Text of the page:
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Longitudinal Analysis of the Run-up to a Decision to Break-up (Fork) in a Community

Abstract : In this paper, we use a developer-oriented statistical approach to understand what causes people in complex software development networks to decide to fork (break away), and what changes a community goes through in the run-up to a decision to break-up. Developing complex software systems is complex. Software developers interact. They may have the same or different goals, communication styles, or values. Interactions can be healthy or troubled. Troubled interactions cause troubled communities, that face failure. Some of these failures manifest themselves as a community split (known as forking). These failures affects many people; developers and users. Can we save troubled projects? We statistically model the longitudinal socio-grams of software developers and present early indicators and warning signs that can be used to predict an imminent break-up decision.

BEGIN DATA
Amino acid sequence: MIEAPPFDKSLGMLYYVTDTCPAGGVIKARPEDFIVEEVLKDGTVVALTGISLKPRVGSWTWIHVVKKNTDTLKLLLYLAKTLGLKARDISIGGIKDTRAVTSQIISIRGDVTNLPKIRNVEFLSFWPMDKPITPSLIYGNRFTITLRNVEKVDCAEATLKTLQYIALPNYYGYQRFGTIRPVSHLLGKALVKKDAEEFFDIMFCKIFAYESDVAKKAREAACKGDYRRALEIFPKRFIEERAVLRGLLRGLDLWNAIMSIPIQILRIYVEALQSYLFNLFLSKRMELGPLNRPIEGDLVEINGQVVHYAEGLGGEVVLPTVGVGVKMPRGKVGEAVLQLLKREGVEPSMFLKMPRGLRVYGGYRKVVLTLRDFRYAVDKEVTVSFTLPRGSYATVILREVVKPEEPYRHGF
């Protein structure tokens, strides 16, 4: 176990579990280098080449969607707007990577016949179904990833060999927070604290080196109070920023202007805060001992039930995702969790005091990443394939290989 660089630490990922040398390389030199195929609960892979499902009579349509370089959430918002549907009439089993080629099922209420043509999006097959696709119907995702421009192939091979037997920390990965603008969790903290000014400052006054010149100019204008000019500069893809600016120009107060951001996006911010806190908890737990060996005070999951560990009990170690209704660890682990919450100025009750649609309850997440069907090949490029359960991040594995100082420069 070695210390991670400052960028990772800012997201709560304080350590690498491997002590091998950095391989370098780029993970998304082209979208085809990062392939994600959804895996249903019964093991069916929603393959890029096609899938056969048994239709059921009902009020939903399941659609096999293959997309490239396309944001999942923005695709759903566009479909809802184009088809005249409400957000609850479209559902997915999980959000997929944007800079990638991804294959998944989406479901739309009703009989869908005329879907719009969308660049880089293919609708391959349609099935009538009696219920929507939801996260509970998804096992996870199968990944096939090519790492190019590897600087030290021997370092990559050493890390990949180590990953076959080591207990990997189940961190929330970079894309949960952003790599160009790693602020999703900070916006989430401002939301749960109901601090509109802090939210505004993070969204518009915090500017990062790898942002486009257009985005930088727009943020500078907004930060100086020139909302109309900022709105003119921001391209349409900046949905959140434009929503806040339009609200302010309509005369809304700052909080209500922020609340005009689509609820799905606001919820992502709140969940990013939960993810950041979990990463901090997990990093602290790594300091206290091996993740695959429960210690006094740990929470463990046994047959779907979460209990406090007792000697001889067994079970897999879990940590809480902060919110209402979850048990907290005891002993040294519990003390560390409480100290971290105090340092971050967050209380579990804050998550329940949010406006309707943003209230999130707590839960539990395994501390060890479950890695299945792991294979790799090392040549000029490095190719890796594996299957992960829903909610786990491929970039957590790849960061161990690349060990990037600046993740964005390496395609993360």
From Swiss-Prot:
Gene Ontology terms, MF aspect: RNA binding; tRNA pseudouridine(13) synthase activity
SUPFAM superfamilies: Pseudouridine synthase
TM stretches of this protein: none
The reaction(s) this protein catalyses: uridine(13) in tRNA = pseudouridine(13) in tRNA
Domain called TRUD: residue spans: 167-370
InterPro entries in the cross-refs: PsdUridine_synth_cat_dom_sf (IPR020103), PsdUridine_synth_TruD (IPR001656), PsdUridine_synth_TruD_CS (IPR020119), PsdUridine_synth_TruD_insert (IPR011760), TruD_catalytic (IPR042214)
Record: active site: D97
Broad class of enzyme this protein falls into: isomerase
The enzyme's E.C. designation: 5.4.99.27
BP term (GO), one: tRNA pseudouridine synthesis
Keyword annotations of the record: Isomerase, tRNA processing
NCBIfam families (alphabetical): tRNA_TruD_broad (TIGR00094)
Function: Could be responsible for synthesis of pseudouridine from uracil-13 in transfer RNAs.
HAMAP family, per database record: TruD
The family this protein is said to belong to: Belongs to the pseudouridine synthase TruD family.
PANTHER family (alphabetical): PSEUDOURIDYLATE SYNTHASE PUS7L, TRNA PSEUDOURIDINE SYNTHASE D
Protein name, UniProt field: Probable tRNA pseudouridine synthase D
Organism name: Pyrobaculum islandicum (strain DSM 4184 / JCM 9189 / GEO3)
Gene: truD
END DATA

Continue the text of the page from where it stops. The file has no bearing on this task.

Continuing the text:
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https://hal.inria.fr/hal-01776294
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Amirhosein Azarbakht, Carlos Jensen. Longitudinal Analysis of the Run-up to a Decision to Break-up (Fork) in a Community. 13th IFIP International Conference on Open Source Systems (OSS), May 2017, Buenos Aires, Argentina. pp.204-217, ⟨10.1007/978-3-319-57735-7_19⟩. ⟨hal-01776294⟩

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